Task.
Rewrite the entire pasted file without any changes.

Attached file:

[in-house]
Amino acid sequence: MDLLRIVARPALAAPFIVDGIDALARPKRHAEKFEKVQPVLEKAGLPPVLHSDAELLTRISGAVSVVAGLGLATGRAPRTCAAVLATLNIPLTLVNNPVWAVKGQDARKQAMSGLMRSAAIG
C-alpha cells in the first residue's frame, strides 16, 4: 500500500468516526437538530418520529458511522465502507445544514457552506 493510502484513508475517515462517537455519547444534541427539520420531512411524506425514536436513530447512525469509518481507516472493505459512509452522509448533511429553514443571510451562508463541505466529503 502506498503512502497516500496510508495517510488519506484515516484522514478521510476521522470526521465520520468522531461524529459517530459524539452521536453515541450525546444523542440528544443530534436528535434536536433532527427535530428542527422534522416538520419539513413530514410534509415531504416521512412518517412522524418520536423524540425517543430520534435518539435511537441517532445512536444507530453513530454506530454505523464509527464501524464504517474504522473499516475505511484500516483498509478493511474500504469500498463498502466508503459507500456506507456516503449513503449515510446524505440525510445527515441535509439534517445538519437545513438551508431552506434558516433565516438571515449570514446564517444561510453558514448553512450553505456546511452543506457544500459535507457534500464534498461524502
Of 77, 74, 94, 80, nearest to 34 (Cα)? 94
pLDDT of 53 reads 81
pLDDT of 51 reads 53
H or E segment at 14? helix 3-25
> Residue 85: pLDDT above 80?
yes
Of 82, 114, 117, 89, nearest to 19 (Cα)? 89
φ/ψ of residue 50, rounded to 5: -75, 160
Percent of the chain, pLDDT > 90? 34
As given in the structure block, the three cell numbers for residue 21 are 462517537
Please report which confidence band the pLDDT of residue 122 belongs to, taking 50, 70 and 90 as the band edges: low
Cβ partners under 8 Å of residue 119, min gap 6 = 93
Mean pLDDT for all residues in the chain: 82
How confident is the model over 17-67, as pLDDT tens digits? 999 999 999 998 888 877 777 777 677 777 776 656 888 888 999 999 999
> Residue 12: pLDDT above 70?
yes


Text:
[in-house]
Amino acid sequence: MDLLRIVARPALAAPFIVDGIDALARPKRHAEKFEKVQPVLEKAGLPPVLHSDAELLTRISGAVSVVAGLGLATGRAPRTCAAVLATLNIPLTLVNNPVWAVKGQDARKQAMSGLMRSAAIG
C-alpha cells in the first residue's frame, strides 16, 4: 500500500468516526437538530418520529458511522465502507445544514457552506 493510502484513508475517515462517537455519547444534541427539520420531512411524506425514536436513530447512525469509518481507516472493505459512509452522509448533511429553514443571510451562508463541505466529503 502506498503512502497516500496510508495517510488519506484515516484522514478521510476521522470526521465520520468522531461524529459517530459524539452521536453515541450525546444523542440528544443530534436528535434536536433532527427535530428542527422534522416538520419539513413530514410534509415531504416521512412518517412522524418520536423524540425517543430520534435518539435511537441517532445512536444507530453513530454506530454505523464509527464501524464504517474504522473499516475505511484500516483498509478493511474500504469500498463498502466508503459507500456506507456516503449513503449515510446524505440525510445527515441535509439534517445538519437545513438551508431552506434558516433565516438571515449570514446564517444561510453558514448553512450553505456546511452543506457544500459535507457534500464534498461524502
Of 77, 74, 94, 80, nearest to 34 (Cα)? 94
pLDDT of 53 reads 81
pLDDT of 51 reads 53
H or E segment at 14? helix 3-25
> Residue 85: pLDDT above 80?
yes
Of 82, 114, 117, 89, nearest to 19 (Cα)? 89
φ/ψ of residue 50, rounded to 5: -75, 160
Percent of the chain, pLDDT > 90? 34
As given in the structure block, the three cell numbers for residue 21 are 462517537
Please report which confidence band the pLDDT of residue 122 belongs to, taking 50, 70 and 90 as the band edges: low
Cβ partners under 8 Å of residue 119, min gap 6 = 93
Mean pLDDT for all residues in the chain: 82
How confident is the model over 17-67, as pLDDT tens digits? 999 999 999 998 888 877 777 777 677 777 776 656 888 888 999 999 999
> Residue 12: pLDDT above 70?
yes